LifeSiteNews is reporting on the case of Georgie Holland, 18, a teenage contestant in the "Face of Europe" pageant who had been taking Yasmin for two years before becoming ill one day at school and collapsing on the way home.
“I felt really sick and it was really frustrating, because I knew what I was thinking but I was unable to speak without slurring,” Georgie told the Daily Mail. “When my parents and younger brother were shown my brain scan their faces just dropped . . . When I saw the scan I was shocked - there was a black clot in the middle of my brain which had stopped the blood from flowing.”
Doctors determined that her only risk factor for suffering the clot was Yasmin, a contraceptive containing a new synthetic progestin known as drospirenone. Two separate studies published in the British Medical Journal found this drug to cause two to three times a greater risk than other contraceptives containing the older form of progestin called levonorgestrel.
Even though strokes are very unusual in women as young as Georgie, oral contraceptives are often the culprit when they do occur.
The French National Agency for the Safety of Drugs and Health Products (ANSM) found that birth control pills cause an average of 2,529 cases of venous thromboembolism (blood clots) per year with drospirenone-containing pills like Yasmin causing more than twice as many deaths as other pills.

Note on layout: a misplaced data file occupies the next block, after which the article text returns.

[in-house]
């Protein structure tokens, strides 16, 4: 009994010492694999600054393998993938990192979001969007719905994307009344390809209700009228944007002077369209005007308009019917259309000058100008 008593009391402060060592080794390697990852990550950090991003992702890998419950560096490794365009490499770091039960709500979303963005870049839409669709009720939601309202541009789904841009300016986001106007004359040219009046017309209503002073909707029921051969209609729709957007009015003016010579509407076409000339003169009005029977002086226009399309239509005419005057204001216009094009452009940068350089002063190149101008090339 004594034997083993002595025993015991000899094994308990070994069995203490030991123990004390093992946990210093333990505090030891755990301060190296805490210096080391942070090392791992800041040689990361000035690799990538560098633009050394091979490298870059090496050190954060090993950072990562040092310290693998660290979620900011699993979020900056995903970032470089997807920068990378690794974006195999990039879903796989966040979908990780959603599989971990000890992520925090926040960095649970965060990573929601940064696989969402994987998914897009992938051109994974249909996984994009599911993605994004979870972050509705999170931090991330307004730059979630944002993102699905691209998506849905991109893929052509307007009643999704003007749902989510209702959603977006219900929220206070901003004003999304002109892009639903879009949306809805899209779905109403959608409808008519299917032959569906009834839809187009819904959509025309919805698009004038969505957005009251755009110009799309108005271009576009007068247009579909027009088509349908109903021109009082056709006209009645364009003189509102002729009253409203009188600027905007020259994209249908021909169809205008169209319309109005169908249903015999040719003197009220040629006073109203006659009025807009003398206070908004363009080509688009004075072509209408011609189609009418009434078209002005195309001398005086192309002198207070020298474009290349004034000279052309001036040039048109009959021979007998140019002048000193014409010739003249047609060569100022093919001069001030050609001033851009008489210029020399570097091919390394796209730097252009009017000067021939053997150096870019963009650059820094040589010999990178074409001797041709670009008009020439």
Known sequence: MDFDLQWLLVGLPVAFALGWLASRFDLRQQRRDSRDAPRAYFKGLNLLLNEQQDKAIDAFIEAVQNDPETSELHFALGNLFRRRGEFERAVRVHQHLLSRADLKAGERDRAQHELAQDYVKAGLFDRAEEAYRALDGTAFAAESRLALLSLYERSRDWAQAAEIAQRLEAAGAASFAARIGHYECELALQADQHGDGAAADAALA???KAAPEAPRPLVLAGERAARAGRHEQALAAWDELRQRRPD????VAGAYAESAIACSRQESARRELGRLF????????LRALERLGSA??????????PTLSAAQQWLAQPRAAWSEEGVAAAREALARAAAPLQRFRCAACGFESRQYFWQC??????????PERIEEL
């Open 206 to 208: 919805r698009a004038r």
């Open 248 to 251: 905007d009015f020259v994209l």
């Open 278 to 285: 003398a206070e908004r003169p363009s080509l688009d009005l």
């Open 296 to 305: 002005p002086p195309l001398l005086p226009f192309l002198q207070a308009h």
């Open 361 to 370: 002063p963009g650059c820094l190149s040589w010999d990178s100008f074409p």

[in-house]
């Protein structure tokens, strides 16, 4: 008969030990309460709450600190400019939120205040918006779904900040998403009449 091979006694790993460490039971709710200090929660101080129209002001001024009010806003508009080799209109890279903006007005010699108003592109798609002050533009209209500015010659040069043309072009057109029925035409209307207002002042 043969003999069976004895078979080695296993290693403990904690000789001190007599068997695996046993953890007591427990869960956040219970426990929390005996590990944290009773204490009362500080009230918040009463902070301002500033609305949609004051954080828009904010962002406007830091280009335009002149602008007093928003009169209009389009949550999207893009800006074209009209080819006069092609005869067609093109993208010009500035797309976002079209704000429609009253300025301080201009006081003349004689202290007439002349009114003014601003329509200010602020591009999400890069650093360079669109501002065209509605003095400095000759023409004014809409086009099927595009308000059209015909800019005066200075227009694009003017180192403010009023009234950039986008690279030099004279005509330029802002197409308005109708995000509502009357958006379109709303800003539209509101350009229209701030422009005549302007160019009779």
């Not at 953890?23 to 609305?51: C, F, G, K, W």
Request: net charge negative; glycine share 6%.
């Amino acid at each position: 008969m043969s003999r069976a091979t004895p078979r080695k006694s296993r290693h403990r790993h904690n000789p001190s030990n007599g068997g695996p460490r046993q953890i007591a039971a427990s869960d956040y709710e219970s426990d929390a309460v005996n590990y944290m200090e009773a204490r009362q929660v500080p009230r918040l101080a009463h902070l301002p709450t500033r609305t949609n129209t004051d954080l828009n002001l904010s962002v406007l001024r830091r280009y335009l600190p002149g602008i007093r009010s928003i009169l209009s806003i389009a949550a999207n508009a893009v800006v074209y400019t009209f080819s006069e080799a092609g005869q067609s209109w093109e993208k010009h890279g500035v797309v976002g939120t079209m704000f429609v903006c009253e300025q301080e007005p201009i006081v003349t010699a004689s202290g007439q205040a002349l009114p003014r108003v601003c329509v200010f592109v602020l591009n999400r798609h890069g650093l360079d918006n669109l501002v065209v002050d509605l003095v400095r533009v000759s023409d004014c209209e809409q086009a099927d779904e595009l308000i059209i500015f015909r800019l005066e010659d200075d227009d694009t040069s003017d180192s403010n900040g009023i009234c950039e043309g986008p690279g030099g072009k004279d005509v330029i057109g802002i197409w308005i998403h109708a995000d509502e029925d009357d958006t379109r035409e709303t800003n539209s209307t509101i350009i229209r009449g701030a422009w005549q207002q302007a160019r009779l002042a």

In fact, the U.S. Food and Drug Administration (FDA) is currently investigating Yasmin's safety after more than 7,000 women sued Bayer, which manufactures both Yasmin and Yaz birth control pills. The company is being accused of misrepresenting the dangers associated with the pills which can cause stroke, cardiac arrest, blood clots and gall bladder problems.
LifeSite is reporting on one wrongful death lawsuit filed by an 18-year-old New Jersey college student who died of cardiac arrest after taking Yaz for acne treatment. She died after a blood clot lodged in her lungs, resulting in sudden death on her way to class.
Another young woman recently told The Huffington Post how she gave up using the pill after suffering a life-threatening pulmonary just four months after taking a drospirenone-containing birth control pill.
“Recovery was a seven-month process of ER trips, doctor visits three to four times a week and a few blood-thinning medications consisting of shots injected in my abdomen and a daily pill," wrote Jamie Hergenrader in the Huffington Post. “I became severely anemic and had to go to the ER, where they considered giving me a blood transfusion.”
Jamie admits that the doctor warned her about the potential risks of taking contraception but, like most women, she felt the risks were too remote to worry about.
"Why would I worry?” she wrote. “I had been perfectly healthy for 19 years. With the exception of one broken bone and a case of strep throat, sickness and injury were not a part of my past."
"I had no reason to worry because I had no idea what kind of damage birth control could cause,” she said.
Click here for a downloadable brochure detailing the risks of contraception.
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